Let’s be honest. In that moment, we’re probably all Peter. The longer a storm rages on, and the longer we’re in a difficult situation, the more we begin to panic. We look around at our situation and wonder, “God? I know You can do all things, but can You do all those things a little bit quicker? I’m trying to have faith, but those waves are getting higher, and the wind is picking up, and I’m starting to drown here. Just a little water in my lungs now, but things could go south pretty soon. I’m beginning to think there might not be a way out of this. What if this is my life now? What if this situation sweeps me away? What if things don’t get better?”

But just a little bit of faith is what helped save Peter from his situation.

He may have lost his faith that he could continue to walk atop the waves of the stormy sea, but when Jesus saved Peter, He stated that Peter had “little faith.” Yet it was just a little bit of faith that told Peter Jesus could still save him. Peter didn’t need big faith to know that in the middle of his situation, Jesus would come to his rescue.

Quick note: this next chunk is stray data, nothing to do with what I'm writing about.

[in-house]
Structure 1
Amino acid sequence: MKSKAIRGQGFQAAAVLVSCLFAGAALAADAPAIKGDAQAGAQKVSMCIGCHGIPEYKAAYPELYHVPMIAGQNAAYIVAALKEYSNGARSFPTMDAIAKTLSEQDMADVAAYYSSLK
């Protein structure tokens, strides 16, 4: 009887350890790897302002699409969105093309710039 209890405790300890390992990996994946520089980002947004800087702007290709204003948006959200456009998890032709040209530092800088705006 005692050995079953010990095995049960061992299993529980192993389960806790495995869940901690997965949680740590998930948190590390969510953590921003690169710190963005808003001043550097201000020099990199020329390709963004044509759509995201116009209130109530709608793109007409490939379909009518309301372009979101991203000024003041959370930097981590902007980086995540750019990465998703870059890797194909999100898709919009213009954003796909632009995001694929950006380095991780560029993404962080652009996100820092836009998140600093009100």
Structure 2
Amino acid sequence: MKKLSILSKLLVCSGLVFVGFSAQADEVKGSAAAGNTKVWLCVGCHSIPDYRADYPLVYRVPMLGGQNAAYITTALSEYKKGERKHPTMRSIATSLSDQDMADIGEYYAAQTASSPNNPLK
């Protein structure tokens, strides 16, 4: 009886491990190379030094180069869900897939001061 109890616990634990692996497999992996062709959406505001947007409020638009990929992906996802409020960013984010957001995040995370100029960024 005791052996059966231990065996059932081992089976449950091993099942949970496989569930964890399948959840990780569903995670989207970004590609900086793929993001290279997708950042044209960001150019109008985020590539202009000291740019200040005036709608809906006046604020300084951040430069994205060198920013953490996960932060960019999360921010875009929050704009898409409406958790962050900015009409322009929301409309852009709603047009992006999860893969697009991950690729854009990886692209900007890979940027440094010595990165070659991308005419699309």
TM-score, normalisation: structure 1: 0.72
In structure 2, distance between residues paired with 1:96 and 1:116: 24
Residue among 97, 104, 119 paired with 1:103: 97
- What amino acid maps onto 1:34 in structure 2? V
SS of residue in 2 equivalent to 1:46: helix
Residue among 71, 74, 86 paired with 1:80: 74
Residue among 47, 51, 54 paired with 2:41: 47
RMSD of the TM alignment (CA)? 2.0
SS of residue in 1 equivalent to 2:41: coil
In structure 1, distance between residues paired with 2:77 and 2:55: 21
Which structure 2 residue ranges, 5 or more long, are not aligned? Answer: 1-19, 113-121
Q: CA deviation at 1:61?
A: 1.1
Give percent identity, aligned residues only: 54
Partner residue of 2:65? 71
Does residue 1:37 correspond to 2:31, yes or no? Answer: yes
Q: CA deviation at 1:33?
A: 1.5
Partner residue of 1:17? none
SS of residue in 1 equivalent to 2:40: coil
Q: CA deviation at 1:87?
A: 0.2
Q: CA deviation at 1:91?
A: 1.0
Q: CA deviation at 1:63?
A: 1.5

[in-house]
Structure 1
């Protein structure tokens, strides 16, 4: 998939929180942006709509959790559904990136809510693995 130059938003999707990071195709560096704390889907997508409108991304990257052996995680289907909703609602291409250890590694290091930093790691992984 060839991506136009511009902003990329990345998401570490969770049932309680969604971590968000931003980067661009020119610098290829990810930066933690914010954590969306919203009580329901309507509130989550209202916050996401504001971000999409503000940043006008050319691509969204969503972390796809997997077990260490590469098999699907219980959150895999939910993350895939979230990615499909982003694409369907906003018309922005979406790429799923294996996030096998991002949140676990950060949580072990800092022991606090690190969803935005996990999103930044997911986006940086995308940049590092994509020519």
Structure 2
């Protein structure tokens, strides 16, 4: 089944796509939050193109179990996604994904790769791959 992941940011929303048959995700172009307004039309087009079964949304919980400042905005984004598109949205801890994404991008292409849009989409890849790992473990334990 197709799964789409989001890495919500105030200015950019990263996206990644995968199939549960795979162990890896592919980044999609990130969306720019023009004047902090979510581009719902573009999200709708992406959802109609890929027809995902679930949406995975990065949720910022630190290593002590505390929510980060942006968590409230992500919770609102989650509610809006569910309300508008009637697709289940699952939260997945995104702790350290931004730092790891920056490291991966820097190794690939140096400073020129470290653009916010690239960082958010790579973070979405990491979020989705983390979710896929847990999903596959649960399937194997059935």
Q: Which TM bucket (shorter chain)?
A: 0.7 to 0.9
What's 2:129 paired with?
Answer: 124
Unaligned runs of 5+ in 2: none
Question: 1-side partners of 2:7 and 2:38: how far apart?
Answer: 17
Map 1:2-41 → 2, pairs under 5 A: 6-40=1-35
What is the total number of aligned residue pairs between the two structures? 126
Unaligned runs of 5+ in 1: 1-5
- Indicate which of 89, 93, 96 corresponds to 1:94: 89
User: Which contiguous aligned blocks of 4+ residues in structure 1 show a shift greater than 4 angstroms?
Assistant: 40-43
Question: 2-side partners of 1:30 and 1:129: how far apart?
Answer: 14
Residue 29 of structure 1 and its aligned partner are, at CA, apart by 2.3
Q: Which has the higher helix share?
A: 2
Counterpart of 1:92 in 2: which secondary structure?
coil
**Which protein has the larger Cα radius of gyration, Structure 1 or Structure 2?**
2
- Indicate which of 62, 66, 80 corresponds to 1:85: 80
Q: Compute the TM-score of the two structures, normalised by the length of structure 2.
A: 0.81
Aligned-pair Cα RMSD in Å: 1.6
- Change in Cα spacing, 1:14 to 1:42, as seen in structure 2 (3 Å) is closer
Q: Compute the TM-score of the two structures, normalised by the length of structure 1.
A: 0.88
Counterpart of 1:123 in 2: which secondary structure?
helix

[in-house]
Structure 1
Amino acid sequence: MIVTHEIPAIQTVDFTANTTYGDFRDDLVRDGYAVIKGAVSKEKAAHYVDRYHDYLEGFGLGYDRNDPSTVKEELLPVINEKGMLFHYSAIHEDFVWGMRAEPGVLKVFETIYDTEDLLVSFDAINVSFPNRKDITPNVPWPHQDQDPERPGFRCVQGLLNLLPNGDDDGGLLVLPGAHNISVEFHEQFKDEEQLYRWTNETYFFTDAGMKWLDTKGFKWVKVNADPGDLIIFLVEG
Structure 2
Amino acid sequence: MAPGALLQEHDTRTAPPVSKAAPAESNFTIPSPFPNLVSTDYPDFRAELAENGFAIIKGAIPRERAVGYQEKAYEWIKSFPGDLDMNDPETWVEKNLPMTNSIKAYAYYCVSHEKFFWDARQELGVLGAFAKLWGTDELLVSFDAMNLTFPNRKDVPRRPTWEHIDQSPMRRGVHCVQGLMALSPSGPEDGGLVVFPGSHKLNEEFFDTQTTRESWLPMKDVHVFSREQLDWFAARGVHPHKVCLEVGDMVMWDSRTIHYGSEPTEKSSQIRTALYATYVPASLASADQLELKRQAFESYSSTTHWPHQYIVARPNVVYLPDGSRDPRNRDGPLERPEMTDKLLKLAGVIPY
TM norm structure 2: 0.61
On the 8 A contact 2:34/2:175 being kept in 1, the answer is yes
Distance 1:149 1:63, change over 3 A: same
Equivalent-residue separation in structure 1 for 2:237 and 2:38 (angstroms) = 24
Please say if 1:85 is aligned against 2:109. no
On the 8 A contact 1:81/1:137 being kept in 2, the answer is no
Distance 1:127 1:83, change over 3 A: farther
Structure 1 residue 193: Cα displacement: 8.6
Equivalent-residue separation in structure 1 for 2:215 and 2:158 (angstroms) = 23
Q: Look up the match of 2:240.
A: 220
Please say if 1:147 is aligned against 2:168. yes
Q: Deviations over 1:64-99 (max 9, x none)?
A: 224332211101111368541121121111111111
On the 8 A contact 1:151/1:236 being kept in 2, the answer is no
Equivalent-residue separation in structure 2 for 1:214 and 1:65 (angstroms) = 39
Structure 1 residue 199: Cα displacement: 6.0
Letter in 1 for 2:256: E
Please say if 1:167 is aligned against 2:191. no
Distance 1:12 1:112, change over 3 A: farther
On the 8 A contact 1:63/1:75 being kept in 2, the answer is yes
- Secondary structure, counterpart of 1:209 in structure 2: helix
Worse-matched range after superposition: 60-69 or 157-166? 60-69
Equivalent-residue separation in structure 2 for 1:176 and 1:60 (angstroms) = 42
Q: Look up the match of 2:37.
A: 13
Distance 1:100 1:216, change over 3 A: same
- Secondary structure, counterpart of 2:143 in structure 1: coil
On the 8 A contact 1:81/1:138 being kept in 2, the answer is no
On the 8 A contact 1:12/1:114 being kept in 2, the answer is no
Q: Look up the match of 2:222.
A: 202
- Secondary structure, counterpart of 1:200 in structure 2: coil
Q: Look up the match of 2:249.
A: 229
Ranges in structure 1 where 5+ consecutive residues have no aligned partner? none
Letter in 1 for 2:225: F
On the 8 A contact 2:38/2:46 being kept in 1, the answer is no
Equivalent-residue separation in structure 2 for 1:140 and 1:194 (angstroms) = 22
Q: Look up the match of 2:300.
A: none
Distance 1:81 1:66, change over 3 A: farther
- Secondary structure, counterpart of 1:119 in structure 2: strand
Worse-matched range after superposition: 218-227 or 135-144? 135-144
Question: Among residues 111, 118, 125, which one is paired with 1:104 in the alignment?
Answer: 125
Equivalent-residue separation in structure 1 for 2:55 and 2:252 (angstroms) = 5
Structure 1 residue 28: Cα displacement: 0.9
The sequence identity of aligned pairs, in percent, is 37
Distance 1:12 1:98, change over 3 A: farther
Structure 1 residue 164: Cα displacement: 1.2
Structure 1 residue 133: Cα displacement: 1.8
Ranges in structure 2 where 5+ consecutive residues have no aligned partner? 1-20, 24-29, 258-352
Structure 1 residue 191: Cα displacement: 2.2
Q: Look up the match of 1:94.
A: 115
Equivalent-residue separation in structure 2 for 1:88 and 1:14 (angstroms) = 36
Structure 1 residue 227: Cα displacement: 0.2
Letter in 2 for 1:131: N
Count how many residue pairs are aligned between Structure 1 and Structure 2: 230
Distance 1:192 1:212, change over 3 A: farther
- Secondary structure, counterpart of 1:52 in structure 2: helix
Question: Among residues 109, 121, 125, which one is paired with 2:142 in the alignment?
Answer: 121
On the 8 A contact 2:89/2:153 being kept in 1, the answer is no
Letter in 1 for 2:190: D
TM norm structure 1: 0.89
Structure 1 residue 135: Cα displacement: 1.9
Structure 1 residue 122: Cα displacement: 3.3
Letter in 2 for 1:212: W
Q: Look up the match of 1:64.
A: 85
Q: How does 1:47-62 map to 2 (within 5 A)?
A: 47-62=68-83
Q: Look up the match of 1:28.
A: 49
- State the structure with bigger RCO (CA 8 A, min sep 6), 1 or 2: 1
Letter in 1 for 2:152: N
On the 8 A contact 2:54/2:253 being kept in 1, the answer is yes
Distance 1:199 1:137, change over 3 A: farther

When we’re in the middle of a difficult situation and staring down a big problem, it’s natural to panic. We’re only human, after all. We don’t have the ability on our own to look beyond the storm in the natural and see our salvation in the supernatural. We might let our faith dwindle when we’re stuck in the wilderness. But we mustn’t let our lack of big faith keep us from calling on our God. Peter didn’t wait around to call on Jesus, and when he did, Jesus immediately saved Peter who only had a little faith.

So, if you’re in the middle of a storm or a barren wilderness, you will survive if you hold on to your little bit of faith and call out to Jesus.

You know, today’s post was going to be different. I had a different theme in mind, especially since I wrote a post on faith several days ago. But this morning, I woke up with Peter’s story in my mind, and I couldn’t let it go.

Perhaps you’re going through your own storm and facing a big problem. Perhaps your faith has dwindled. Perhaps you’re discouraged. But even with your little bit of faith, God can and will still save you.

The Master of the sea is right there, waiting with His hand outstretched.

Walking by Faith

We live in a society today in which knowledge is not only power but in which society’s chosen thought police view knowledge as a danger—a danger to their preconceived plans to control the thoughts and minds of others and influence new generations to believe only a carefully manufactured manifesto of ideas that aligns with a strict code of “acceptable” beliefs.